school, a high school English as a Second Language teacher in
East Harlem used and evaluated materials I'd created, encouraging
draw their memories of a piece of literature, then write about
them. This student embellished the simple line drawing of an
airplane with visual details from a story of immigration studied
in class; then, she wrote about the content of her drawing.
example of a Vietnamese refugee kindergartener's work. This child
was about to be retained, until he and I found a way to show
teacher in an upstate New York school that his knowledge
were highly advanced, and that he could learn to use that
knowledge in reading and writing. In working with both
children and adults in various settings, I've found that visual
literacy are closely related. Nevertheless, visual literacy remains
undervalued by many people in positions of educational and political
Students in a
New York City fifth grade worked with me to create shadow puppets. They used
the puppets to create
dramatic skits on the theme of "solving a problem." Both native speakers
of English and ESL students worked together to present their work.
an ESL class that I taught in New York, children from South
Asia, Latin America, and Europe listened to an Indian folk
tale ("The Two Parrots"), re-wrote the story, then
created a dramatic production of their own. They designed a
set, made costumes, then performed the piece. The drama was
on videotape and shown to their "mainstream" classes.
GRANTS and AWARDS
the years, I have received numerous grants for my efforts in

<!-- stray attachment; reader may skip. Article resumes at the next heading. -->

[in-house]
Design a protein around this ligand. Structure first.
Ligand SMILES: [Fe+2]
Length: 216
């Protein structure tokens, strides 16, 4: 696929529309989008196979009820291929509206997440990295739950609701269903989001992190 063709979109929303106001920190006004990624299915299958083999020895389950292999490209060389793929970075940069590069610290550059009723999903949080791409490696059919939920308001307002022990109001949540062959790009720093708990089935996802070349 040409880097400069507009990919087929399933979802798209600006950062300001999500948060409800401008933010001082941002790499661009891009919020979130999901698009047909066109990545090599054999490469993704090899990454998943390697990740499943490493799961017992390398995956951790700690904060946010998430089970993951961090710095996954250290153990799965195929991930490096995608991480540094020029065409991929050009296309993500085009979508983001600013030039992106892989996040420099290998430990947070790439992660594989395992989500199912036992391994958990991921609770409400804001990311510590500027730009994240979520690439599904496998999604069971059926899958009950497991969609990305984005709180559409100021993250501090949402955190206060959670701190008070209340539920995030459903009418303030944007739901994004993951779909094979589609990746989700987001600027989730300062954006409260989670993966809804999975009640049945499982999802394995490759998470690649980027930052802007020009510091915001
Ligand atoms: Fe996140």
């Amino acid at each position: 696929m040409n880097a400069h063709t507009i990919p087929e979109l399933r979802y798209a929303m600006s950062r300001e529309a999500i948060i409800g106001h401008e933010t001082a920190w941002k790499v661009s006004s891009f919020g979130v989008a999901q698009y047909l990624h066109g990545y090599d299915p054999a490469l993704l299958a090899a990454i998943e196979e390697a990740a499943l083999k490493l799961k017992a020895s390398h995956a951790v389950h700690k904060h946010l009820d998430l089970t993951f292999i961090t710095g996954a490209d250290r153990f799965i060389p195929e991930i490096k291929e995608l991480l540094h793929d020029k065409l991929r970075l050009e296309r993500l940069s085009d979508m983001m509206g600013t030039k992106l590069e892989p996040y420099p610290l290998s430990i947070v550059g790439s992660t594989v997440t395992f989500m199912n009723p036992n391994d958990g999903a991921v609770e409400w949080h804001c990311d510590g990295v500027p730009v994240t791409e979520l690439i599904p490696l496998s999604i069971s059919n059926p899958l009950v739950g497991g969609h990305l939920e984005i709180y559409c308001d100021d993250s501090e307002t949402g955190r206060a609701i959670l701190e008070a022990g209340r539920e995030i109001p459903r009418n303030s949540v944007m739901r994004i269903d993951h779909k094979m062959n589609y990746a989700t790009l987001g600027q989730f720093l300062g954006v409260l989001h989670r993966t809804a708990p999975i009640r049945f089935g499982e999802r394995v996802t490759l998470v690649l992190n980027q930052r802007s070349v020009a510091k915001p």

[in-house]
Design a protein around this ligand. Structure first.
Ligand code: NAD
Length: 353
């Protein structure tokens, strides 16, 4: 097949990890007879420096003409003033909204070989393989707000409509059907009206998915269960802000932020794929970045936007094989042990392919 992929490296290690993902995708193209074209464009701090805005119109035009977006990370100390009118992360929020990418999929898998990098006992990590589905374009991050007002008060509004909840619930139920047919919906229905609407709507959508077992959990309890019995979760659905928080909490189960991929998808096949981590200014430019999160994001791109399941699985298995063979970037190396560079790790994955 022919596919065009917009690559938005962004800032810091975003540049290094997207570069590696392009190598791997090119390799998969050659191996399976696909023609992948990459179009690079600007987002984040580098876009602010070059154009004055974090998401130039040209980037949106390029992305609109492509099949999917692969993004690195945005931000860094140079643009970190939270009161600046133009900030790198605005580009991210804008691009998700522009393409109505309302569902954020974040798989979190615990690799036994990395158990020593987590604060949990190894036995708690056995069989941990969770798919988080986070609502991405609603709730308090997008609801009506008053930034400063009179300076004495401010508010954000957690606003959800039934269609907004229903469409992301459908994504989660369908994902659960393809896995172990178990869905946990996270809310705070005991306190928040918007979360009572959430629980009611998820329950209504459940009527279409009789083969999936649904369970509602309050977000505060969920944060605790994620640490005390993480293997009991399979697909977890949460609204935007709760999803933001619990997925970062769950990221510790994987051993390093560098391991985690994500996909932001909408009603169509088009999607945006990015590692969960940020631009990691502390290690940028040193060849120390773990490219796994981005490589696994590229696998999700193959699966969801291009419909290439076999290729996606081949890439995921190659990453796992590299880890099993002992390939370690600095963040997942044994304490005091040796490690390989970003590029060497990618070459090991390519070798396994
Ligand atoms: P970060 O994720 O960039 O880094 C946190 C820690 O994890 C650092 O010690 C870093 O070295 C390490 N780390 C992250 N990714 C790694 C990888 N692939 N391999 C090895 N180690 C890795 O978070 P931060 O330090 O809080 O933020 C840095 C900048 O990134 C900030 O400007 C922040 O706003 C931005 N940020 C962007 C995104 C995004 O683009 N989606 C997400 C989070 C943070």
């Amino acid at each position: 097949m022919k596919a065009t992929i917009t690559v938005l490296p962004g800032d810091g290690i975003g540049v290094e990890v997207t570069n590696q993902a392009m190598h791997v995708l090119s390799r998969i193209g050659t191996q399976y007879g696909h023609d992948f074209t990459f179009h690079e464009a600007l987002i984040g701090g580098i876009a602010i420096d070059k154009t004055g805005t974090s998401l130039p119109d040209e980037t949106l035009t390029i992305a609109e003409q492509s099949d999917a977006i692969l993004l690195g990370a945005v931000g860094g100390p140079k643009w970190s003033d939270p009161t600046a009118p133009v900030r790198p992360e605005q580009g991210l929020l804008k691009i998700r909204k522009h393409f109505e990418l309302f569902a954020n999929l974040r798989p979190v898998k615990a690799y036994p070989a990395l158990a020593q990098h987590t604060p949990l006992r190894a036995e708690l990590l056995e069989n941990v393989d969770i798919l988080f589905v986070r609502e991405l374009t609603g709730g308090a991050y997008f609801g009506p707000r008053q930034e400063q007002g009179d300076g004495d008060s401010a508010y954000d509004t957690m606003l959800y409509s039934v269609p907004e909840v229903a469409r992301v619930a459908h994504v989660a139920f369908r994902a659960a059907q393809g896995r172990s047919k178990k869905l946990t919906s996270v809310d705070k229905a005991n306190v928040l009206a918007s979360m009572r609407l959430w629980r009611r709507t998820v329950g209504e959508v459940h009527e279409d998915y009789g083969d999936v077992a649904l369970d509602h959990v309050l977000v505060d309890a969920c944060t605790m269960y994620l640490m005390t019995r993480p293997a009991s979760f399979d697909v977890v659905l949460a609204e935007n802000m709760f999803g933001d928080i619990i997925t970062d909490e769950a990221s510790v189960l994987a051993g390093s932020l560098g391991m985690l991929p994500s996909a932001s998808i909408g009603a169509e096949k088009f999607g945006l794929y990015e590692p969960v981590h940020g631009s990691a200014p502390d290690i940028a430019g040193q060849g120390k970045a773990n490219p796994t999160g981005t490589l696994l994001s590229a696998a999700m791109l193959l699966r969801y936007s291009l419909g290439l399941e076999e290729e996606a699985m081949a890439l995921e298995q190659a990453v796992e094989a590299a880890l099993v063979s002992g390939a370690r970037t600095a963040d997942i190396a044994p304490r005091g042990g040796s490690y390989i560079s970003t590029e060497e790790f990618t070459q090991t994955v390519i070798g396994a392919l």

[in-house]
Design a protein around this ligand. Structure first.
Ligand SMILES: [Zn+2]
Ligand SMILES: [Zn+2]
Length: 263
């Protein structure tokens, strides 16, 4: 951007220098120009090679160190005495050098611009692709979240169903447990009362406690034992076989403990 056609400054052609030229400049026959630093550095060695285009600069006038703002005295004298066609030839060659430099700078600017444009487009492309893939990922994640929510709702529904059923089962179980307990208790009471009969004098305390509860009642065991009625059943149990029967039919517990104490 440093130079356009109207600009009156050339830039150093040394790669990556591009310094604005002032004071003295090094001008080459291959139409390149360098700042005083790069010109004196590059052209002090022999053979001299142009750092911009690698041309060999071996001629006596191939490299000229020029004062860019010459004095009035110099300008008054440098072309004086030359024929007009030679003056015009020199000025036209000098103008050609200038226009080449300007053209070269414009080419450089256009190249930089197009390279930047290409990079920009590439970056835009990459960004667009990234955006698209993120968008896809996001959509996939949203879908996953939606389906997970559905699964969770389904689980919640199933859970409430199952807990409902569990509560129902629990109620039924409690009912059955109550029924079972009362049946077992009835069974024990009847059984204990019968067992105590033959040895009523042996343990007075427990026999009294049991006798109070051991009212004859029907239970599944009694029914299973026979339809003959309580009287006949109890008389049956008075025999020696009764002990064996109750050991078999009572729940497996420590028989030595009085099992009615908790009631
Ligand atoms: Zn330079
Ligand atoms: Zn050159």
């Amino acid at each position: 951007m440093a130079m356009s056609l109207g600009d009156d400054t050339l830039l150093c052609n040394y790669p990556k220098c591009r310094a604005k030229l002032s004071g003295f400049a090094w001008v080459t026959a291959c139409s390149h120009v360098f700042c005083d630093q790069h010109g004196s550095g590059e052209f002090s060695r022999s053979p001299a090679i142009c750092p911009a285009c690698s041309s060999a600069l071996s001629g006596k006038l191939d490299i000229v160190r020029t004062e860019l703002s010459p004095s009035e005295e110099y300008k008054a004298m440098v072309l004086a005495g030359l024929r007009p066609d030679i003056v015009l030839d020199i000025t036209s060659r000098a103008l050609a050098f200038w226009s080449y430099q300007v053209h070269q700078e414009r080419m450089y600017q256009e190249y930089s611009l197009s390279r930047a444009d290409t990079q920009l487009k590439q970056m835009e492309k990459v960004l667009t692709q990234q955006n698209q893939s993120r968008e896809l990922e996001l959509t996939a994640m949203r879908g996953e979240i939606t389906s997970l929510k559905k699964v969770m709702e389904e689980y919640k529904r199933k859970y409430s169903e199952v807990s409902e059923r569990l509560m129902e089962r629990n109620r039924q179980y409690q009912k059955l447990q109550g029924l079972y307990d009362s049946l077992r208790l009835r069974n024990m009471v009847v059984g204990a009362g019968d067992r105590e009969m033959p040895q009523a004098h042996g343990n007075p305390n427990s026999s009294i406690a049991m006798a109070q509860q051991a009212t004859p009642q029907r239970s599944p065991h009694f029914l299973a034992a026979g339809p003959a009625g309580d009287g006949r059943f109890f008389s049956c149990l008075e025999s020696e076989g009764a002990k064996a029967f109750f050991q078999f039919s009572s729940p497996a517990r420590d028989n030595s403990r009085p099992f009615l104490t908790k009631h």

teaching. Among the grantors have been:
The City University of New York
State of Jalisco, Mexico
New York City Teachers Consortium
The Dutchess County
(NY) Area Fund
California Department of Education
(2009) Art Activities for ESL Learners and Teachers. The 39th
Annual NYS TESOL Conference. White Plains, NY.
(2007). Aesthetic/Social Literacy in Adult Education.A workshop presented
at Service Employes International Union Local 1199, New York, NY.
(2006). Read My Voice: Linking Art, Literacy and Language Learners.
8th Annual Conference, Pennsylvania Chapter, National Association
for Multicultural Education. Scranton, PA.
(2003). Art, identity, and teaching second language literacy. The
Tenth International Conference on Literacy and Education, London,
(2002). Which content?: Drawing, teaching and ESL literacy. The 32nd
Annual NYS TESOL Conference. Saratoga Springs, New York.
(1998). I see what you mean: Art activities for language learners
(and teachers). New York State TESOL Conference. Buffalo, NY.
(1990). It’s my picture…. Annual conference, Teachers
of English to Speakers of Other Languages. San Francisco, CA.
(1985). “Using Art Materials in Teaching Basic Skills,” Annual
conference, Mexican Teachers of English as a Second Language, Guadalajara,
of Fine Arts, Painting, University of Pennsylvania, Philadelphia
Doctor of Philosophy, Multilingual/Multicultural Education,
New York University, New York City
Master of Arts, English/TESOL, San Francisco State University, San